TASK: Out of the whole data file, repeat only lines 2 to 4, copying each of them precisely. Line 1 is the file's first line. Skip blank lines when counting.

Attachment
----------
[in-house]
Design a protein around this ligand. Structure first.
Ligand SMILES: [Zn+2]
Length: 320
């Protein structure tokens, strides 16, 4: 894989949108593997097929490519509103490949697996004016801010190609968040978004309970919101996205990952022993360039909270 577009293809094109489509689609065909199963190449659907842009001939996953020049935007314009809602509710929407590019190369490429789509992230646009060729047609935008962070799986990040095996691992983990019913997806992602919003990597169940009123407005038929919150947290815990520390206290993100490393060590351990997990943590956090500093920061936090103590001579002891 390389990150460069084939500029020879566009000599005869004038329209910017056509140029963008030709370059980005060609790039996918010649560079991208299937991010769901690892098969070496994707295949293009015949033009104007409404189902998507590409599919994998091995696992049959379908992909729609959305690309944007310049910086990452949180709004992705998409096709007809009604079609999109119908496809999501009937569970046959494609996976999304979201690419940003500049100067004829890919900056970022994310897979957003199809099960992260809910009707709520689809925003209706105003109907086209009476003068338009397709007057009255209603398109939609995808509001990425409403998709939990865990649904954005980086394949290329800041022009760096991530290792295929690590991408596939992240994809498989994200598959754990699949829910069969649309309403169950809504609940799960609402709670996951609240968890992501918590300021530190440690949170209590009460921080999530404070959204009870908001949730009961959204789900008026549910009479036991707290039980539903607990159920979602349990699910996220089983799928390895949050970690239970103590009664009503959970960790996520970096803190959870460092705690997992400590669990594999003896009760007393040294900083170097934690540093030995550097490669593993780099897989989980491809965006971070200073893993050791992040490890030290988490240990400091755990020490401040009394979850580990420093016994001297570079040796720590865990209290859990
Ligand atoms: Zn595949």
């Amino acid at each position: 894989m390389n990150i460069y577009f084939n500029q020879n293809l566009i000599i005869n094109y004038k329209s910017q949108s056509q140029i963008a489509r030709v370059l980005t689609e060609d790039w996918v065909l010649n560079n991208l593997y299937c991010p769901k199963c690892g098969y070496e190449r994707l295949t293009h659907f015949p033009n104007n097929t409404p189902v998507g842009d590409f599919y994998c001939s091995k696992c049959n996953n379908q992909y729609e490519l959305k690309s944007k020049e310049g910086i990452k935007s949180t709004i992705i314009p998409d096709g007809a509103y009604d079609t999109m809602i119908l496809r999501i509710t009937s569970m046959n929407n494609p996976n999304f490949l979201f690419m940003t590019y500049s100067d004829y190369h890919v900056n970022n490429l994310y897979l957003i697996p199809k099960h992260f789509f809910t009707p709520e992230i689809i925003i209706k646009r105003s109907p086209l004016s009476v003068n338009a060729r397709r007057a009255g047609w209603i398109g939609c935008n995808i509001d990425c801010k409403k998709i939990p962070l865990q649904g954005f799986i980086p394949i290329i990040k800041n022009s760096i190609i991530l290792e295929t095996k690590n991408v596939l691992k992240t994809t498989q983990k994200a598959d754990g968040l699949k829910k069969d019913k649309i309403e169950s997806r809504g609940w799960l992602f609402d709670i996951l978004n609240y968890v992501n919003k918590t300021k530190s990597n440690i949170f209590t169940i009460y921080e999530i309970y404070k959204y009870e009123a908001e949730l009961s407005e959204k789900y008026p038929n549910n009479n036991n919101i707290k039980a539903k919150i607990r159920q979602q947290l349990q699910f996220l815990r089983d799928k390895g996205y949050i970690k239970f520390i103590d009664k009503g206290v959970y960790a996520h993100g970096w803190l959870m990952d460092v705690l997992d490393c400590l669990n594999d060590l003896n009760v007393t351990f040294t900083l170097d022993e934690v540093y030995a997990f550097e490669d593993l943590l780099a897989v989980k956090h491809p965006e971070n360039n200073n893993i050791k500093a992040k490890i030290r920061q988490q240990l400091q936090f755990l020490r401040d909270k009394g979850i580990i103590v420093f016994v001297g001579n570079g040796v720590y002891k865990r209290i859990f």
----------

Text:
Design a protein around this ligand. Structure first.
Ligand SMILES: [Zn+2]
Length: 320